By Sanne Specht
A federal judge last week took aim at “reverse class action lawsuits” while dismissing a Los Angeles-based movie company’s lawsuit that claimed dozens of Jackson County “John Doe” defendants had pirated one of its movies off the Internet.
Salem attorney Carl Crowell in February filed a lawsuit on behalf of Voltage Pictures LLC in U.S. District Court in Medford, seeking up to $180,000 in damages from each of 34 defendants accused of pirating the 2012 movie “Maximum Conviction” off the Internet.
Statewide, Voltage alleged, nearly 600 people had participated in copyright infringement.
The company sought $30,000 for the alleged infringement, and an additional $150,000 from each defendant in statutory damages should there be a finding of willful conduct.
U.S. District Court Judge Ann Aiken last week dismissed the case, ruling the movie company had unfairly lumped the plaintiffs together in a “reverse class action suit” to save more than $200,000 in court costs, and possibly intimidate the plaintiffs into paying $7,500 for allegedly illegally viewing a $10 video.
Voltage sought a jury trial, alleging the unnamed defendants used their computers to illegally copy and distribute the 2012 movie “Maximum Conviction,” which was directed by Keoni Waxman and stars Steven Seagal and Steve Austin. Voltage said the unnamed local defendants resided in Medford, Talent, Central Point, Shady Cove, Klamath Falls and Brookings.
The defendants were not identified by name at the time of the initial filing because Voltage had only their Internet protocol addresses. Voltage later subpoenaed the defendants’ Internet service providers, which include Charter Communications, Clearwire Corp., CenturyLink, Embarq Corp. and Frontier Corp., to obtain the defendants’ names.
“… the manner in which plaintiff is pursuing the Doe defendants has resulted in $123,850 savings in filing fees alone,” Aiken wrote, adding that defendants were being subjected to a “lack of fundamental fairness.”
Voltage’s suit stated the video industry has tried to capitalize on Internet technology and reduce costs to consumers through legitimate and legal venues such as Netflix, Hulu and Amazon Prime. But, it maintained, people continue to “steal motion pictures and undermine the efforts of creators through their illegal copying and distribution of motion pictures” through peer-to-peer networks such as BitTorrent, which connects computers through its system.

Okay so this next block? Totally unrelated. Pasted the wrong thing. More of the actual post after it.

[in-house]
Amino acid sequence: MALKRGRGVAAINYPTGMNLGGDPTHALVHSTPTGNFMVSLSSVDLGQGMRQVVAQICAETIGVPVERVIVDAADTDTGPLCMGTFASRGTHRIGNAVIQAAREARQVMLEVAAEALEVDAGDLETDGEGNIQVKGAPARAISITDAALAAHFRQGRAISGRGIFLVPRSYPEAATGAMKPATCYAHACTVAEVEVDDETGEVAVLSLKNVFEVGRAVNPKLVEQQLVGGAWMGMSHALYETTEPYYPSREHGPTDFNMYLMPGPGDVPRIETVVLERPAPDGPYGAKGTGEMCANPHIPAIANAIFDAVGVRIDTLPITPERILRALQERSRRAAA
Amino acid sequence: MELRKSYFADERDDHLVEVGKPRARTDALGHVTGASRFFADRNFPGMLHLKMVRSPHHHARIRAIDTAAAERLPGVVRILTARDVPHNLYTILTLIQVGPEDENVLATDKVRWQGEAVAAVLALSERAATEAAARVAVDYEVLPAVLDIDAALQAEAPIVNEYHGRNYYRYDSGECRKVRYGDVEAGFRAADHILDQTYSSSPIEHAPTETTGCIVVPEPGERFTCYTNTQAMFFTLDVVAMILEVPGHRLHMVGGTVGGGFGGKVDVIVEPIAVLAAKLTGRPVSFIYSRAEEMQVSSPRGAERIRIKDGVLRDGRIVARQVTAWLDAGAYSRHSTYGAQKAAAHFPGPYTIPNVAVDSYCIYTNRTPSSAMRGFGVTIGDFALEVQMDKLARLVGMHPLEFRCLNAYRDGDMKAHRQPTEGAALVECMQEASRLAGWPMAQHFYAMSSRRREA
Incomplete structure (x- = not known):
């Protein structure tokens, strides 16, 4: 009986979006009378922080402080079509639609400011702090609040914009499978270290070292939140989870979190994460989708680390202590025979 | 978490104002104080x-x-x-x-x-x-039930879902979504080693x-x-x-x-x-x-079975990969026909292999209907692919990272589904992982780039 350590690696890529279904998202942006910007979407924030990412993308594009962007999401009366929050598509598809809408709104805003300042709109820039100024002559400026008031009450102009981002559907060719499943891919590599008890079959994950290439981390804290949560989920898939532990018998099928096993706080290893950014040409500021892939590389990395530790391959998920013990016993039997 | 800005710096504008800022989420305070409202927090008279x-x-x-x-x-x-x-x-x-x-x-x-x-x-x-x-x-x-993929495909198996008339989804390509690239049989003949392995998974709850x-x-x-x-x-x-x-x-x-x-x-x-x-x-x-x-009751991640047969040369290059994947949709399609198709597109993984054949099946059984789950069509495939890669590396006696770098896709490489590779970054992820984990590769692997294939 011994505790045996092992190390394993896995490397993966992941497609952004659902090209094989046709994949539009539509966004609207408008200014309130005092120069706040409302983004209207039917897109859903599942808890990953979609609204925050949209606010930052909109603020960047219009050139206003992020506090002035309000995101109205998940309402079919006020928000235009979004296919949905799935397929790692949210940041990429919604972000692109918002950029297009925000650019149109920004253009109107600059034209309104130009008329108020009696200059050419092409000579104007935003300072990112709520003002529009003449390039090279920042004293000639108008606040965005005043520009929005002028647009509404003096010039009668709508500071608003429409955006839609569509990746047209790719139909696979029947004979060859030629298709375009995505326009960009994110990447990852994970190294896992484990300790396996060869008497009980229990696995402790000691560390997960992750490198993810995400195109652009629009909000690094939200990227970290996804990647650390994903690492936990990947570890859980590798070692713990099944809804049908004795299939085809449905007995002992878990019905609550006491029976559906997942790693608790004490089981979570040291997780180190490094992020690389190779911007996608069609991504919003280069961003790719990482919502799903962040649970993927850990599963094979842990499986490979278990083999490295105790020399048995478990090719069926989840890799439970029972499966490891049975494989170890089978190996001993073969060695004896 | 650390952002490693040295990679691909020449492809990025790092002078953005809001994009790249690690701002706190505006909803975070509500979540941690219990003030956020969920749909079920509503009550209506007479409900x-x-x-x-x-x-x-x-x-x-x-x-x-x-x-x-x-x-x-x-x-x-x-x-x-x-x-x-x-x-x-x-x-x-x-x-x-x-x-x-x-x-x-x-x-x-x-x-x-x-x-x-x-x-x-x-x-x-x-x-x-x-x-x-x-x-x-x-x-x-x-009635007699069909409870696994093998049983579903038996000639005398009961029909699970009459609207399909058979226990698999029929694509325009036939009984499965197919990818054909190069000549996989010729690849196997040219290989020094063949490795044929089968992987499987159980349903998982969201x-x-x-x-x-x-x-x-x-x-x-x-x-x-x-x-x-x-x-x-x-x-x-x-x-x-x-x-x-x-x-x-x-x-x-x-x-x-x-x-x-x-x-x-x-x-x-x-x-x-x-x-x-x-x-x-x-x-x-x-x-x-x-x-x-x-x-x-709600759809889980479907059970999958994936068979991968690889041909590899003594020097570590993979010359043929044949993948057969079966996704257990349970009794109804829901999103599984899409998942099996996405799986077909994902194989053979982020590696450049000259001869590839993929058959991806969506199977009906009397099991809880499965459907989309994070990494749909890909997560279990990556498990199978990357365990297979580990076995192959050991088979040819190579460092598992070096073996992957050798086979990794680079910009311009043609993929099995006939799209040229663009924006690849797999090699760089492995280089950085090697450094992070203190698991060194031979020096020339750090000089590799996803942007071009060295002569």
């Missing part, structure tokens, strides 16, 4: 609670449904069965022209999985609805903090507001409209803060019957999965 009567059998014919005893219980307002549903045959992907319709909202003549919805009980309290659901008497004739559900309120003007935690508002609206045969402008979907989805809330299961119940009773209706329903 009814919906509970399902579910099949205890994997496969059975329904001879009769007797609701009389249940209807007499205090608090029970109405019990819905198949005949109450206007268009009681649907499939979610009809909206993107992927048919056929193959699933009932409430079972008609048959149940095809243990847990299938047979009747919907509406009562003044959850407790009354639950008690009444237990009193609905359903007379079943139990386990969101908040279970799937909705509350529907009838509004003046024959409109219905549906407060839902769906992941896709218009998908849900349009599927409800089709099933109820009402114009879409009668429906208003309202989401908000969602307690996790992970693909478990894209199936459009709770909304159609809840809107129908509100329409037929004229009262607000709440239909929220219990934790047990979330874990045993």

Whenever people download the BitTorrent application, they become both a user and a distributor, the suit alleges.
Aiken agreed technologies such as BitTorrent are “anonymous and stealthy tools” that allow for large-scale copyright infringement. But she said not every defendant named in Voltage’s suit had equal culpability. Some had unsecured IP addresses, others allowed only downloading and prohibited uploading, while others were associated with institutional accounts such as businesses or schools with numerous users, she said.
Voltage’s suit states it is a “common misunderstanding that people involved in motion pictures are already wealthy” and that the perception is that “the end product, such as a DVD, only costs very little to make.”
In fact, the suit says, there are “countless expenses and labors,” including writers, staff, construction workers and others involved in making the final product.
Aiken said cases such as the one filed by Voltage allow plaintiffs to “use the courts’ subpoena powers to troll for quick and easy settlements.” A sample demand letter sent to defendants associated with IP addresses threatens severe punitive damages and a not-so-subtle implication that liability is a foregone conclusion, Aiken said.
The letter asks $7,500 as a settlement offer, and said that amount would increase up to $150,000 if the recipient did not agree to prompt payment. It also makes threats against attempts to delete files, asserting costs associated with such actions will be added to the assessment. Aiken characterized the letter as an exorbitant extortion tactic.
“Accordingly, plaintiff’s tactic in these BitTorrent cases appears to not seek to litigate against all the Doe defendants, but to utilize the court’s subpoena powers to drastically reduce litigation costs and obtain, in effect, $7,500 for its product, which in the case of Maximum Conviction, can be obtained for $9.00 on Amazon for the Blue-Ray/DVD combo or $3.99 for a digital rental,” Aiken wrote.
Crowell refused comment to the Mail Tribune in February and did not return calls Friday.
Reach reporter Sanne Specht at 541-776-4497 or e-mail email@example.com.
This story originally appeared in Medford Mail Tribune.